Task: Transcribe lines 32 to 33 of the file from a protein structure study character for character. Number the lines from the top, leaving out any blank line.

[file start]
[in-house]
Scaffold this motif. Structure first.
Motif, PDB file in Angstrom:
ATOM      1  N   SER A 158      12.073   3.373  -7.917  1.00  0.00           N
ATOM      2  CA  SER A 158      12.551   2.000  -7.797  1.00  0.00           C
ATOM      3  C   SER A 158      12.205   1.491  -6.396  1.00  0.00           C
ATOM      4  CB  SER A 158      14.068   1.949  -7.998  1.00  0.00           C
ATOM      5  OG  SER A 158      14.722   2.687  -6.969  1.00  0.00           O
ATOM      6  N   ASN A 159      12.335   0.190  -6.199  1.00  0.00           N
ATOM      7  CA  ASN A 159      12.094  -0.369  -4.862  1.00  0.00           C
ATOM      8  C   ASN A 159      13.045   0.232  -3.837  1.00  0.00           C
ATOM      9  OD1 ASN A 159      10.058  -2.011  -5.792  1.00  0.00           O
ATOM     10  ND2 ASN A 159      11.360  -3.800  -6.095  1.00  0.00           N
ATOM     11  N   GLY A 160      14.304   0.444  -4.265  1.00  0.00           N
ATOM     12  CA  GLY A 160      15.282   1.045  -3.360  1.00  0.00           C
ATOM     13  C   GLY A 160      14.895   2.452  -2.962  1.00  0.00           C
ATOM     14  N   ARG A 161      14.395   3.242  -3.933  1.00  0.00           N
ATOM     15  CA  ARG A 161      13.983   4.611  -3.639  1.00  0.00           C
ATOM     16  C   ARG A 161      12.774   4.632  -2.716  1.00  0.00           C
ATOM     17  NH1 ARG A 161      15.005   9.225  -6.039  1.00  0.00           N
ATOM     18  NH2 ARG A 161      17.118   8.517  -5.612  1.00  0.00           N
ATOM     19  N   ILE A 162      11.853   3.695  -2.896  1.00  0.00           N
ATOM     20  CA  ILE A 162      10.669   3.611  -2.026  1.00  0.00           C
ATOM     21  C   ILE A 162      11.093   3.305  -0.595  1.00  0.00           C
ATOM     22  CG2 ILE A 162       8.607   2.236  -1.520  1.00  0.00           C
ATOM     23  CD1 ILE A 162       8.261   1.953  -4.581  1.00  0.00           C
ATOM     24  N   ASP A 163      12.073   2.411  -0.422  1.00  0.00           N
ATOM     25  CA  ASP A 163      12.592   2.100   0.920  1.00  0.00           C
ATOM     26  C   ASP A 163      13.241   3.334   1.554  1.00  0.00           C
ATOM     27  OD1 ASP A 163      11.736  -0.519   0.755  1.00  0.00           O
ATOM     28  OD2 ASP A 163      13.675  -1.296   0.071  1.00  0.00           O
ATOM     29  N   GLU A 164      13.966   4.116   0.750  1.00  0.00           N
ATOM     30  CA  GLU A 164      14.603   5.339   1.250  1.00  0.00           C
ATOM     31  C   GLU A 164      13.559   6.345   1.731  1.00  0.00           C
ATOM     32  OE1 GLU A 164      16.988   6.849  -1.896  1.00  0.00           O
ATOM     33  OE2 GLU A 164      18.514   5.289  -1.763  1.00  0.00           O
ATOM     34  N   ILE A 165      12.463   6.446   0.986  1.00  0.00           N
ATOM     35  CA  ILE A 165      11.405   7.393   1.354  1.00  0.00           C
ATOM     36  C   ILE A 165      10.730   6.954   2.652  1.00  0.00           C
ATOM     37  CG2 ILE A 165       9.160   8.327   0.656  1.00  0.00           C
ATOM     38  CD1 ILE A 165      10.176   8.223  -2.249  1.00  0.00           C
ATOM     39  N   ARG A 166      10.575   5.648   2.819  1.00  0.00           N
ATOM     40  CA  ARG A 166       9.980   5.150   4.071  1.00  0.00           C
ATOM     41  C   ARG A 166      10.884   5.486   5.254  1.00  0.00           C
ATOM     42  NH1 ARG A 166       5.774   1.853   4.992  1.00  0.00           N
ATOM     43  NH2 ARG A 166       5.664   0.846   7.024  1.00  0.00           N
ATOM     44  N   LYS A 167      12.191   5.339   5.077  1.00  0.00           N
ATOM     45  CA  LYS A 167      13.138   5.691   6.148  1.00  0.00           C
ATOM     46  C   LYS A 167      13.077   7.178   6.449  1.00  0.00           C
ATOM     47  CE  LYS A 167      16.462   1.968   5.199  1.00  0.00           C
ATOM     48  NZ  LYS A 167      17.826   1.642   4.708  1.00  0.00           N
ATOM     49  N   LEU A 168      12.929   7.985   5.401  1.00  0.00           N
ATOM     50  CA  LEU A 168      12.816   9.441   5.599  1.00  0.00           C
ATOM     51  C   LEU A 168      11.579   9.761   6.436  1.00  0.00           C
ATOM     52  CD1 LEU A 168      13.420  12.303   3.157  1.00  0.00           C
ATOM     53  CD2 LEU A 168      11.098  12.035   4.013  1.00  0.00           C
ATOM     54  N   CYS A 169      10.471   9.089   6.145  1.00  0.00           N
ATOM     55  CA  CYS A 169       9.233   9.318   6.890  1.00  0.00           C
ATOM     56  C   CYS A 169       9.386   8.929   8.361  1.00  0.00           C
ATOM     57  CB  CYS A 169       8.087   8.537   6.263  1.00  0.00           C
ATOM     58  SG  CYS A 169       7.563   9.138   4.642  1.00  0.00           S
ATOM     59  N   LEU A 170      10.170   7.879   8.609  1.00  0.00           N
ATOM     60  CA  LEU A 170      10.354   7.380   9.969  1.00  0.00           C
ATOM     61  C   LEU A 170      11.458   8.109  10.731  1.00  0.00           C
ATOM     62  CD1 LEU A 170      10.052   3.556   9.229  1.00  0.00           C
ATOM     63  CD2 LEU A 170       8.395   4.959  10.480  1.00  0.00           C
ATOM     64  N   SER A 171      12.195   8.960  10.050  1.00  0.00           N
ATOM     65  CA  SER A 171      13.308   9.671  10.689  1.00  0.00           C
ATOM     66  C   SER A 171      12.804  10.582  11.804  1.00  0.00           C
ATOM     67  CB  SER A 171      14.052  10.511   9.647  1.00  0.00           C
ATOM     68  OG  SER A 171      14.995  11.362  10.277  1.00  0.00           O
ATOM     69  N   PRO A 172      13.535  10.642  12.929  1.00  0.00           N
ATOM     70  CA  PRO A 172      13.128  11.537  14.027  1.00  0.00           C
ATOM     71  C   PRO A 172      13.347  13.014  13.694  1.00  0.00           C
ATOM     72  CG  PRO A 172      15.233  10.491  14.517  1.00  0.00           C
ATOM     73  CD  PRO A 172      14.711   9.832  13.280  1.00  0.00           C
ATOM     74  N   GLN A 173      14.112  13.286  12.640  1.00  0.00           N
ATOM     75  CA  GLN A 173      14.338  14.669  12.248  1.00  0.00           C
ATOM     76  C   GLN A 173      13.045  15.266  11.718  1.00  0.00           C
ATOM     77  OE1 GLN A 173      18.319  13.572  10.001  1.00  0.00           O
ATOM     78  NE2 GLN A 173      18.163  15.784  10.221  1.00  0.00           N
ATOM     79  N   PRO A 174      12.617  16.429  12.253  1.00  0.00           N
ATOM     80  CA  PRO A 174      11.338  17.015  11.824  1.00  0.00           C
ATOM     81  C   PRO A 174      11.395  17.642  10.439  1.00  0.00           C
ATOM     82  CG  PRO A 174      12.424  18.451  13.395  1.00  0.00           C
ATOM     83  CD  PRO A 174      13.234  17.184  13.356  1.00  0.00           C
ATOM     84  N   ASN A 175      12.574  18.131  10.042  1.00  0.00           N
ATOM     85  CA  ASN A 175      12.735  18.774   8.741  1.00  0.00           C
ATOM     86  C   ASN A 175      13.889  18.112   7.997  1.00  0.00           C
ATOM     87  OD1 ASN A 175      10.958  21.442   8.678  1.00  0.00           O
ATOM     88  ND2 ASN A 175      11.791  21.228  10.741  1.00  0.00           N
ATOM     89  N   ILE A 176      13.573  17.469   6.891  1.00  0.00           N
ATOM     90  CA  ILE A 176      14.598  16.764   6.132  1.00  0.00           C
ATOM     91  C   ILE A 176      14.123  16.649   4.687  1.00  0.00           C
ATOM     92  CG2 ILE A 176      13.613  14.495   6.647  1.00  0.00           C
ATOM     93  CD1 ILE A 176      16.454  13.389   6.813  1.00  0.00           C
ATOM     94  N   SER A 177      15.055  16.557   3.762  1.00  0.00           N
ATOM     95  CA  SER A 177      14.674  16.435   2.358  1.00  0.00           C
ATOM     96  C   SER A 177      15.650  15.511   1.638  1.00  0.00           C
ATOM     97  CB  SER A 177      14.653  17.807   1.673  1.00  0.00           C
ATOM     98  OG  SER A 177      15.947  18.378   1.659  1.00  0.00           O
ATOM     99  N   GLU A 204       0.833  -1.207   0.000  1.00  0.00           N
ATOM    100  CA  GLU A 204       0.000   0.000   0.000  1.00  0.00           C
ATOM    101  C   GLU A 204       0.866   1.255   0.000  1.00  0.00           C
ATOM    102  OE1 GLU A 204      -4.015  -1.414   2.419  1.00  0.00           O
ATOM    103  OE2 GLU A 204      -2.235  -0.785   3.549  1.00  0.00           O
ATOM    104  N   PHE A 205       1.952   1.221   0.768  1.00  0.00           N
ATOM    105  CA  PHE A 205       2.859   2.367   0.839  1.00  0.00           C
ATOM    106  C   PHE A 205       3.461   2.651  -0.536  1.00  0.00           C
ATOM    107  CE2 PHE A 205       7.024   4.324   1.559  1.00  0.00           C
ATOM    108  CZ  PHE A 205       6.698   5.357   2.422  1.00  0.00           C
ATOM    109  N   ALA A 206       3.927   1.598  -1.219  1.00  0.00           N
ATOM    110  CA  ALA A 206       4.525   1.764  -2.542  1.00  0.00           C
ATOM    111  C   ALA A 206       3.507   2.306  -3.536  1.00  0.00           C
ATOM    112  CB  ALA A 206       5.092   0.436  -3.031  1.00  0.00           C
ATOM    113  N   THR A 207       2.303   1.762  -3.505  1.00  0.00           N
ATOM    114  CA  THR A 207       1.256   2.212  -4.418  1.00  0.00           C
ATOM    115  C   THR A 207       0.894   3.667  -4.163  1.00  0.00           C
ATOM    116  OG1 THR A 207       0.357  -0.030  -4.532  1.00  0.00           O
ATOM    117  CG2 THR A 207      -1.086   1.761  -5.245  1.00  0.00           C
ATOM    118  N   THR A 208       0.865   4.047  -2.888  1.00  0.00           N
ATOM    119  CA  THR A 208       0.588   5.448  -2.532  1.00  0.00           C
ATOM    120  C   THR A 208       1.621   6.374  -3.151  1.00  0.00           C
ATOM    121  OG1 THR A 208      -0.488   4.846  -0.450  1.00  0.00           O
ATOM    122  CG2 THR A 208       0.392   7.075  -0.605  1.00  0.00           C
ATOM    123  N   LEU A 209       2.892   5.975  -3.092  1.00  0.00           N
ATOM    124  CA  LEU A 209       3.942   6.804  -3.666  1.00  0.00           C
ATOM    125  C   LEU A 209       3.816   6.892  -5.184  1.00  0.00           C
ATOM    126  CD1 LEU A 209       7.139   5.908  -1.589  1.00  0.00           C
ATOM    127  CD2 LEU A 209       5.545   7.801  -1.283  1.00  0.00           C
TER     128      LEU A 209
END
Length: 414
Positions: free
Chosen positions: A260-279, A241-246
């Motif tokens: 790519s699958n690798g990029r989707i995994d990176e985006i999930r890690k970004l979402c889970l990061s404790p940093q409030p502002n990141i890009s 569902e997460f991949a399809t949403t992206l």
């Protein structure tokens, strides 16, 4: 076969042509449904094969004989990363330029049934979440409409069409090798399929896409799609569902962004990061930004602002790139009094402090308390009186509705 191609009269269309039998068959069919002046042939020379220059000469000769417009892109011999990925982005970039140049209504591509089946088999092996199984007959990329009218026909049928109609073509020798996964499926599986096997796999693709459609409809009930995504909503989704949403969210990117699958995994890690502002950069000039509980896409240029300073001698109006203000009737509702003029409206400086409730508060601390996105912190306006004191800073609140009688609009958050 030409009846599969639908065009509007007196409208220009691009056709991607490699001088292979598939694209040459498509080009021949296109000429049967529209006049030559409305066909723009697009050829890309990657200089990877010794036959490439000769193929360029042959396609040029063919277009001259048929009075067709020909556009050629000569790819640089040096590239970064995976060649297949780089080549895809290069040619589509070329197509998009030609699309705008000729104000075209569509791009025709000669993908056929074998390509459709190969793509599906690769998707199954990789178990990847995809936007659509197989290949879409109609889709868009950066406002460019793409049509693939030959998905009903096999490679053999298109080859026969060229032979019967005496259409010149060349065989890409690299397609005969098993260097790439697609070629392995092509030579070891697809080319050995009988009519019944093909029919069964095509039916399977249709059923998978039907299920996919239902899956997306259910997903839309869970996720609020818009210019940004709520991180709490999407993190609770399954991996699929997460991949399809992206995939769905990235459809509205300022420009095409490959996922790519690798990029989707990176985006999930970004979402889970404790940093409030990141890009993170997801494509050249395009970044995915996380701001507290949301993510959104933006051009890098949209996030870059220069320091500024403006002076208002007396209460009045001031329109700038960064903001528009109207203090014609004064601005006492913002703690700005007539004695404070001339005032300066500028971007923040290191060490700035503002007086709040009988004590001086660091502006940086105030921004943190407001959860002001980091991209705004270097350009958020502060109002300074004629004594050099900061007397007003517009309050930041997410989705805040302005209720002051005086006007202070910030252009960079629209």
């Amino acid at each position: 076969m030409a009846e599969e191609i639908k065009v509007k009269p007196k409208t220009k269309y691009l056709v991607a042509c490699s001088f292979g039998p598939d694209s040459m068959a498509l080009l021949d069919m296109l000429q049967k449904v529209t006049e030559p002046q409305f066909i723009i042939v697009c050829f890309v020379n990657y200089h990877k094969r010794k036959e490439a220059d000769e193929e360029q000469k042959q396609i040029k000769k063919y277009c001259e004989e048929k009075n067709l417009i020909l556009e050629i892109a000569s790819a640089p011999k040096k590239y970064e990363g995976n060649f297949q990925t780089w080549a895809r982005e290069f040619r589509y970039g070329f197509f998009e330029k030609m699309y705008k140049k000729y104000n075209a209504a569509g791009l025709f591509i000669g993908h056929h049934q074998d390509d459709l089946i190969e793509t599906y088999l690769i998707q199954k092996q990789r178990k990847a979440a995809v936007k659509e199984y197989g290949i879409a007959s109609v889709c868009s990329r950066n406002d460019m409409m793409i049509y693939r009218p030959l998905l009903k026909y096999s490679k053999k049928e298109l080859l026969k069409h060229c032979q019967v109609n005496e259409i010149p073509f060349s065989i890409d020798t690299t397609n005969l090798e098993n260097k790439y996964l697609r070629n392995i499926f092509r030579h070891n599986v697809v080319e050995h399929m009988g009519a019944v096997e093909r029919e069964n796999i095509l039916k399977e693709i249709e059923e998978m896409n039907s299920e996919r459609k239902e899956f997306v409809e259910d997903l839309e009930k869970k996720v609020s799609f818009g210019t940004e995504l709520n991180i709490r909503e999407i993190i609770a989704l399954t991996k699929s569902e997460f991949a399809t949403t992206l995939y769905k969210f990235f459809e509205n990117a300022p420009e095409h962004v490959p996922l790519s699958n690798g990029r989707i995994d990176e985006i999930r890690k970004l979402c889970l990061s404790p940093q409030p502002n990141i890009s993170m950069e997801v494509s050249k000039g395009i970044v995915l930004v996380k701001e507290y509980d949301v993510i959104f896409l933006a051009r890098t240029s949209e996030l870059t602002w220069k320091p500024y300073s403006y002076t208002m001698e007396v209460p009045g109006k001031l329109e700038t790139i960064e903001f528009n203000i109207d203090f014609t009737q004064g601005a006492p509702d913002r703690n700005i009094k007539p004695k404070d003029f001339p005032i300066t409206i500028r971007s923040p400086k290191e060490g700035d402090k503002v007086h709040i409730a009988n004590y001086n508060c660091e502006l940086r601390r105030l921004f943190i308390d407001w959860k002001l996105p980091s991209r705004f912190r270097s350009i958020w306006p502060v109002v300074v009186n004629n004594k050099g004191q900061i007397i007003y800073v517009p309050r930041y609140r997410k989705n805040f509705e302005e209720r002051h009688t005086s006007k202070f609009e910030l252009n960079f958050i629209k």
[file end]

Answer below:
ATOM     29  N   GLU A 164      13.966   4.116   0.750  1.00  0.00           N
ATOM     30  CA  GLU A 164      14.603   5.339   1.250  1.00  0.00           C